Spotting a cargo aircraft often prompts a double-take: hang on, that plane has no windows.
We're so used to seeing passenger jets milling about the tarmac at airports that when a sleek, cylindrical postal airliner rolls past, it comes as a bit of a shock.
But those windowless planes are the key to a multi-billion pound industry. An industry at which FedEx Express sits at the forefront, shifting some 15.7 billion tonne-kilometres of freight a year, more than double some of its rivals.
Behind such a massive global operation are more fantastic numbers. FedEx's airline cargo division boasts a huge fleet of 691 aircraft, twice as many as Ryanair, Europe's largest airline, and nearly six times as many as Qantas.
With a "superhub" at Memphis International, the company flies to more than 375 destinations (Turkish Airlines, which flies to more countries than any other passenger airline, only serves 302), transporting around 5.5 million packages every day. That's as if the entire population of Finland sent a parcel inside 24 hours.
The cargo behemoth, founded in 1971, uses a number of international hubs in addition to Memphis, with European bases at Paris Charles de Gaulle, Malpensa, Milan, and Cologne Bonn. In the UK, FedEx Express is based at Stansted, from where it flies to Memphis six times a week, reaching, it claims, 99 per cent of all US destinations overnight.
So what are its aircraft like?
Just like passenger planes - only there are no seats. Often, the only people on the aircraft are the pilots, and maybe a flight engineer.
FedEx has begun phasing out some of its older aircraft, replacing its Boeing 727s with the more fuel efficient 757s, and swapping out its MD-11s for 777s on its long-range routes, allowing the MD-11s to take over from the DC-10.
Despite its new additions, FedEx's overall fleet has an average age of 22 years, according to AirFleets.net, compared to, say, EasyJet's, which has an average age of six years. The cargo airline has 110 757s, with an average age of 25 years, seven Airbus A310s with an average age of 30 years and 38 McDonnell Douglas DC-10s, with an average of 39.6 years.
Many cargo aircraft are decommissioned passenger jets, stripped and repurposed for carrying freight, with some given strengthened flight deck doors so that the crew is not crushed by its cargo in the event of a crash.
FedEx's largest aircraft is the 777, capable of carrying 102 metric tonnes. The carrier says these planes run six direct routes, including Memphis to Dubai to Delhi to Paris and back to Memphis. Likewise, if you have a few parcels going to Shenzhen, Memphis, Anchorage, Narita and Incheon, you're in luck.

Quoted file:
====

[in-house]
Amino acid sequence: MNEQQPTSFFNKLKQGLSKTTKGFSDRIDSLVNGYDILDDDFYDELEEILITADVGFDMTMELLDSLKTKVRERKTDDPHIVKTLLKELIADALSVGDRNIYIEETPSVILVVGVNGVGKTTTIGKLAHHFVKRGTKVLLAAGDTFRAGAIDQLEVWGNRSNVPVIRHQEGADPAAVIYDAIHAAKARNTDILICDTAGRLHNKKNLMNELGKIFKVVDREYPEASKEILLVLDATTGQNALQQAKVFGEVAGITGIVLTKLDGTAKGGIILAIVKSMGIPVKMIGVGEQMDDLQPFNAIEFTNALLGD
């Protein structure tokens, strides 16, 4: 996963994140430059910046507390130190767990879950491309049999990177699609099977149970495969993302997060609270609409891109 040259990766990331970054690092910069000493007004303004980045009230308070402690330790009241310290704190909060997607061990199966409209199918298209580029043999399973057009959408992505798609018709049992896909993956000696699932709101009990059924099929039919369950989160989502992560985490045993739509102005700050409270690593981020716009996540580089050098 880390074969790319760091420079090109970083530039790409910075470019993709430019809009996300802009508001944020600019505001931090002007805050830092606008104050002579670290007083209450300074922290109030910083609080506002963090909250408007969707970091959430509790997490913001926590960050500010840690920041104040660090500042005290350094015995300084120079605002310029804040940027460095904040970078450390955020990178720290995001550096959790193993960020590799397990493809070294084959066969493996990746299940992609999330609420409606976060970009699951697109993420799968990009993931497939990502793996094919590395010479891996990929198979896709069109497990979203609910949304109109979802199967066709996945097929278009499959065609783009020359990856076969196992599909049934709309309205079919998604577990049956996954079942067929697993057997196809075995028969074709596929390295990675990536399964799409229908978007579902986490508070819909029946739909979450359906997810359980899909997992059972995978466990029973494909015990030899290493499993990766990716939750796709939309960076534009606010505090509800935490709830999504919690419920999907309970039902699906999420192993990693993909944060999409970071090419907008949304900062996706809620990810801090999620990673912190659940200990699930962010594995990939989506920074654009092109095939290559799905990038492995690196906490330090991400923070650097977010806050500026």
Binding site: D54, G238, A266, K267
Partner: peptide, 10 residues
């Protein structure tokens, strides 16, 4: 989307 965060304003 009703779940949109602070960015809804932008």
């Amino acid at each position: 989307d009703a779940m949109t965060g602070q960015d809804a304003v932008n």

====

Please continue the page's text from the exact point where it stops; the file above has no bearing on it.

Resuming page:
What's it like flying a cargo plane?
Patrick Smith, pilot and author of Cockpit Confidential, says that cargo airlines offer some of the best rates of pay in the industry - and are better protected from dips in the economy, meaning more job security for staff. However, it comes with its own bleary-eyed stress.
"Pilots can reduce the risk of [being laid off] by embracing the lucrative but less-than glamorous realm of cargo flying," he writes.
"If the greasy glare of warehouse lights at 4am doesn't cramp your style, you can hunker down one of the more recession-resistant seniority lists at FedEx, UPS, Atlas Air etc.
"You won't be signing autographs for little kids, and your circadian might graph out a little funny, but lay-offs aren't as common in the freight business."
Is it easy because there are no passengers?
It seems there is no doubt some positives to be taken from there being no chance of having to divert due to an out of control hen party, but flying cargo planes does come with other concerns.
For one, FedEx has to run a pretty tight ship. Its whole business is built on quick, reliable delivery. FedEx says it can reach anywhere in North America the next day, and anywhere in the world in up to four days.
What about the more bizarre cargo aircraft?
Airbus Beluga Photo: Airbus
As well as the 747s and 777s, there are some that were never meant for passengers, whose purpose was always to carry freight.
Like the Airbus Beluga. Only five of the "Super Transporters" have ever been built, but their uses have been myriad, from delivering chemical tanks to carrying an enormous 19th century painting by Eugene Delacroix. In 2004, a Beluga was used to supply relief aid to the Indian Ocean region in the wake of the major tsunami.
Airbus is currently developing the Beluga XL set to replace its older brother by 2020.
Boeing's answer to the Beluga, is the Dreamlifter. Introduced in 2007, the four in service were all converted from 747s bought back by the manufacturer. Boeing Commercial Airplanes president Scott Carson once apologised to 747 designer Joe Sutter, saying he was "sorry for what we did to your plane".
The Telegraph, London